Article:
Alaniz, a former migrant farm worker from the Yakima Valley in Washington state, the “Little Mississippi” of the Pacific Northwest, told how she learned to hate the white growers of the valley who exploited the primarily Chicano and Mexicano farm workers. Hoddersen spoke of the alienation she felt growing up in a racist white enclave in southern California.

Both women came to Radical Women because of its position that no one will be free until the needs of society’s most oppressed are met.

“That kind of politics doesn’t have a color line,” Alaniz stated.

Alaniz and Hoddersen pointed out that racism has been integral to capitalism for 500 years and is constantly nurtured by it. Yet, contrary to what movement liberals and cultural nationalists assert, racism can be overcome. In RW, they said, racism is exposed whenever it crops up, sometimes by white women, sometimes by women of color. Confronting racism as learned political behavior, they said, rather than as some kind of moral or psychological original sin, enables the offender to learn from the lesson and change behavior, rather than sink into the guilty mea culpas that liberals indulge in.

Such confrontation also cuts the ground out from under cultural nationalists, who insist that skin color is the never-to-be-bridged dividing line among people.

Proof of the pudding, they said, is RW’s success in building multi-racial alliances in the women’s and people of color movements.

RW’s approach, they concluded, is a model for what needs to happen if the revolutionary potential of the women’s movement is to flower.

“It’s up to us, as women, to find the road to solidarity,” Hoddersen said. If we don’t do it, who will?”

The top of the wave. In her organizer’s report, “At the Crest of the Third Wave: Radical Women in Action,” Constance Scott characterized the 1980s as a decade of anti-feminist reaction that split the women’s movement. Middle-class feminist leaders like Betty Friedan couldn’t stand the heat and joined rightwing misogynists in promoting a return to “family values.”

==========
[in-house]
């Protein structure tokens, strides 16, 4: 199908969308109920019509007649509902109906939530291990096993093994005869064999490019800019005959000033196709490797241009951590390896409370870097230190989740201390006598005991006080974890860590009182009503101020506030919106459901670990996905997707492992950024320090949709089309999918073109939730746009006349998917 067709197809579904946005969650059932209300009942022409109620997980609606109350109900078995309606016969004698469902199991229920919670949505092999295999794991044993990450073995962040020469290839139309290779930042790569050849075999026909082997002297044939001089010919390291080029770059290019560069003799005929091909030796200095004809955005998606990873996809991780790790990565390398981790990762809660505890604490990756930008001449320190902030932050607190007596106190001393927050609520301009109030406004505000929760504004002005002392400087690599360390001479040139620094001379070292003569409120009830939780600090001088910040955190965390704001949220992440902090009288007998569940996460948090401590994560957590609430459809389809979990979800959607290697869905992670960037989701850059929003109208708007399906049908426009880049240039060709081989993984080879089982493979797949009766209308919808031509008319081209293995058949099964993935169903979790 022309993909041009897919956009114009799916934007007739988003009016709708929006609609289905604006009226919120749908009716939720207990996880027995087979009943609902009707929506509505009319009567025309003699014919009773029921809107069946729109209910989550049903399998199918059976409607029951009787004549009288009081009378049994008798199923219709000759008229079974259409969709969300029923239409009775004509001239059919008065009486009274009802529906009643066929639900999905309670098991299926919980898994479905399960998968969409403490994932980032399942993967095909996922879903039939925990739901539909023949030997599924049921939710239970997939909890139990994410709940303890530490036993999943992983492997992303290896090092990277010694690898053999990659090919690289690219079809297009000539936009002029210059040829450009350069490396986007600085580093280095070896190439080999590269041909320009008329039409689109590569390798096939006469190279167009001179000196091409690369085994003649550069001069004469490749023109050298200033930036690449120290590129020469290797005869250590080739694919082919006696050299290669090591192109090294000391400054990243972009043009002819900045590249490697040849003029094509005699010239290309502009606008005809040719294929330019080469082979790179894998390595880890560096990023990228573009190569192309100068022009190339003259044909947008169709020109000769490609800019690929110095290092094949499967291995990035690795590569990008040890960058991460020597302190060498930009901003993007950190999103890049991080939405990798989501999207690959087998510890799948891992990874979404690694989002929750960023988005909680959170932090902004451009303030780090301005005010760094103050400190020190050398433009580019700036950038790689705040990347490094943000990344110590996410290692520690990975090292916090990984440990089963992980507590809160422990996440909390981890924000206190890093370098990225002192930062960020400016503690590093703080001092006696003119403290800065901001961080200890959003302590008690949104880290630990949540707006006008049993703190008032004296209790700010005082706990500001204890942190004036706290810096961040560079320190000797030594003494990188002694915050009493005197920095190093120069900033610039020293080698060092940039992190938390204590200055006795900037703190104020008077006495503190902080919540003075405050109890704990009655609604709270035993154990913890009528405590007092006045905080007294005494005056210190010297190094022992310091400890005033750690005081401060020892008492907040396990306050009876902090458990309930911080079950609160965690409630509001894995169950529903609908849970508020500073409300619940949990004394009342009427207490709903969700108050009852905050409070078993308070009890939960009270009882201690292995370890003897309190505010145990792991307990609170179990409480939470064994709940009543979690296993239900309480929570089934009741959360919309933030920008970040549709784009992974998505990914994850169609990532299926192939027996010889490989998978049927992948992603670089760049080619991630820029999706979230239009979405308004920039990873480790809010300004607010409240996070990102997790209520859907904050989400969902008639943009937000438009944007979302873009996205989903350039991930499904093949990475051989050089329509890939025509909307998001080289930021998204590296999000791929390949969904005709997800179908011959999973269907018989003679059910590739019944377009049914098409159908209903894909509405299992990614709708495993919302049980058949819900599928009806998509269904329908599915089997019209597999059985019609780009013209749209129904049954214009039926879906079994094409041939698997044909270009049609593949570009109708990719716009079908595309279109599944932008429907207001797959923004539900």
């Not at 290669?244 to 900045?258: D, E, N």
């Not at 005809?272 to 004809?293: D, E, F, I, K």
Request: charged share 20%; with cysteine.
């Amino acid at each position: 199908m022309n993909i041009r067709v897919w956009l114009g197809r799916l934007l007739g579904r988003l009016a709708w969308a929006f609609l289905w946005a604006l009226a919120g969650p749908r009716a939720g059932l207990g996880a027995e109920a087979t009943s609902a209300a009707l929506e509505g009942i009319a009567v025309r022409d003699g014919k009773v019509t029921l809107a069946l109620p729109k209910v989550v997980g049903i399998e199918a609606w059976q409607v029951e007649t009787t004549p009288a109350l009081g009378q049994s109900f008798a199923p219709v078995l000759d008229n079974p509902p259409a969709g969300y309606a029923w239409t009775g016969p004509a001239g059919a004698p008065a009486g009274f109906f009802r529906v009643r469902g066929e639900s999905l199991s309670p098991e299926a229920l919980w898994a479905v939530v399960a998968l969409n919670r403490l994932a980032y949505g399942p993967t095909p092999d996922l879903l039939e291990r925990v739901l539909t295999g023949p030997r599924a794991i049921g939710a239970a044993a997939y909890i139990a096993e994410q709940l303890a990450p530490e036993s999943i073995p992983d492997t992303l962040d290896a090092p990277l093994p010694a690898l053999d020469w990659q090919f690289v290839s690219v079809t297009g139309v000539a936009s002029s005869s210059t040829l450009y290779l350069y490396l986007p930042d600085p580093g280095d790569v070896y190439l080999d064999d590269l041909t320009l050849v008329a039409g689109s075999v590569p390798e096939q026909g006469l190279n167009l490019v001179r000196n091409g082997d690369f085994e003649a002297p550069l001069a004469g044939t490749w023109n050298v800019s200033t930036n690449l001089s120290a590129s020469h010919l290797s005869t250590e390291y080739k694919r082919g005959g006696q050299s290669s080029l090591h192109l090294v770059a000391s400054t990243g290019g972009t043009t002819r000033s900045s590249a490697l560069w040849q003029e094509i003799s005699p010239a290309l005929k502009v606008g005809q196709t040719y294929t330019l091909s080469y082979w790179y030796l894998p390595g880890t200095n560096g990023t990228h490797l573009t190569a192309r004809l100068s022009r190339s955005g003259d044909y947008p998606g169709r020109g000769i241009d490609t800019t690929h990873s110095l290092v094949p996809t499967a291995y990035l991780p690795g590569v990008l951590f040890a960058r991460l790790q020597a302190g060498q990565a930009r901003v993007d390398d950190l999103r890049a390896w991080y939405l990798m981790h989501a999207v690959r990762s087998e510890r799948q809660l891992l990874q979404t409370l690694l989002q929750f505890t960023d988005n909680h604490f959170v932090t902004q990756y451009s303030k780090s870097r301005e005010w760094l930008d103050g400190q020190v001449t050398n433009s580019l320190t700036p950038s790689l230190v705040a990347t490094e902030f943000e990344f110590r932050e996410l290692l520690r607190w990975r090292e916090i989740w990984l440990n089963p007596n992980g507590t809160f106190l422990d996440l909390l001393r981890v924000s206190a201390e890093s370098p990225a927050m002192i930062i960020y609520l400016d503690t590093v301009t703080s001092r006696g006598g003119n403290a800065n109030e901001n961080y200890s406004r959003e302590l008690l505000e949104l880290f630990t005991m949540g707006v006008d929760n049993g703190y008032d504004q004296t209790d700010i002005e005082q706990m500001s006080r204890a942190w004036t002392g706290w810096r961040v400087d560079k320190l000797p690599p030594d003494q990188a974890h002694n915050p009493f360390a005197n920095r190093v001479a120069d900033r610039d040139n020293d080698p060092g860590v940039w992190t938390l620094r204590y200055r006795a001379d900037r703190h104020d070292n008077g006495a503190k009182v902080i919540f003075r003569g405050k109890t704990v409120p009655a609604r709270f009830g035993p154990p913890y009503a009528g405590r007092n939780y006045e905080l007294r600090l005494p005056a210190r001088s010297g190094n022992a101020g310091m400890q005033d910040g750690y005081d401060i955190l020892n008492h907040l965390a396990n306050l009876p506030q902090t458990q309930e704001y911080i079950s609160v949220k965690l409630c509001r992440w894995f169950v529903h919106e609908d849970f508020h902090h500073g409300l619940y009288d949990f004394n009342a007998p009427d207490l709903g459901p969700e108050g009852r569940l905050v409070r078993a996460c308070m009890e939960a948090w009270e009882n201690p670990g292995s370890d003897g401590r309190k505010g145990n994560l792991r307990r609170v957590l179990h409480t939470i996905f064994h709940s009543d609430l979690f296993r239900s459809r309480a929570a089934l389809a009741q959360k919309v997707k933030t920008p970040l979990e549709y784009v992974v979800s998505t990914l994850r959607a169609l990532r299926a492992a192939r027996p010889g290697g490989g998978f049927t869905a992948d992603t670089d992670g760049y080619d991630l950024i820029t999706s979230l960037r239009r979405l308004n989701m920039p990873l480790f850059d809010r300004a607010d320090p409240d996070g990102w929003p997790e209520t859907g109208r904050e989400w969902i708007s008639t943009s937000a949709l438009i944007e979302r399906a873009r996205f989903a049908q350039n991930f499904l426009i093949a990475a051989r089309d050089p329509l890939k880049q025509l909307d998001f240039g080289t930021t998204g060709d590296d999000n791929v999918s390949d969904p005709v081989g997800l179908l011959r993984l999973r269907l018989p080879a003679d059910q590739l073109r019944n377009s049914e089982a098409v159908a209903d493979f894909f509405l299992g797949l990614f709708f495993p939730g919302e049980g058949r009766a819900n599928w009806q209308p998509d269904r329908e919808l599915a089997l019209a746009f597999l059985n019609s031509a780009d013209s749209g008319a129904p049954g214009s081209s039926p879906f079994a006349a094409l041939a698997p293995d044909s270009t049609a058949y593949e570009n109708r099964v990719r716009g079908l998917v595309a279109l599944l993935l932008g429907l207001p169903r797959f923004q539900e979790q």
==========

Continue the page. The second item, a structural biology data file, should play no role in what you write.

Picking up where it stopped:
Workingclass women, pushed to the wall, meanwhile fought on.

Not until the attack on Roe v. Wade at the end of the decade did mainstream feminist leaders get active again, but once more in the wrong direction — channeling women into the pro-capitalist Democratic Party, banking on the Dems’ “pro-choice” campaign promises while forsaking all other issues.

Radical Women kept up the call for multi-issue organizing, for racially integrated women’s leadership, and for alternative, anti-capitalist political organizations and parties.

Even mainstream feminist leaders are beginning to pay lip service to multi-issue demands, but are, all the while, steering the feminist movement toward a reformist dead-end.

But the third wave isn’t following those leaders into another abyss.

Women workers, women and men of color, lesbians and gays, the disabled, the poor — all the disaffected — know that the capitalist system has no place for them but on the bottom rungs of misery, or the graveyard.

That knowledge, embodied in the explosive leadership of working women and women of color, is what gives the third wave its power to achieve unlimited victories in the 1990s, in the U.S., East bloc, Third World, and Europe.

Said Merle Woo: “We face a transitional epoch. A transitional epoch full of life and beauty, and with Radical Women I know we’re going to make it to the other side. To socialism.”

Also see: Gender, keyboards, and the future of U.S. labor

Also see: The color of revolution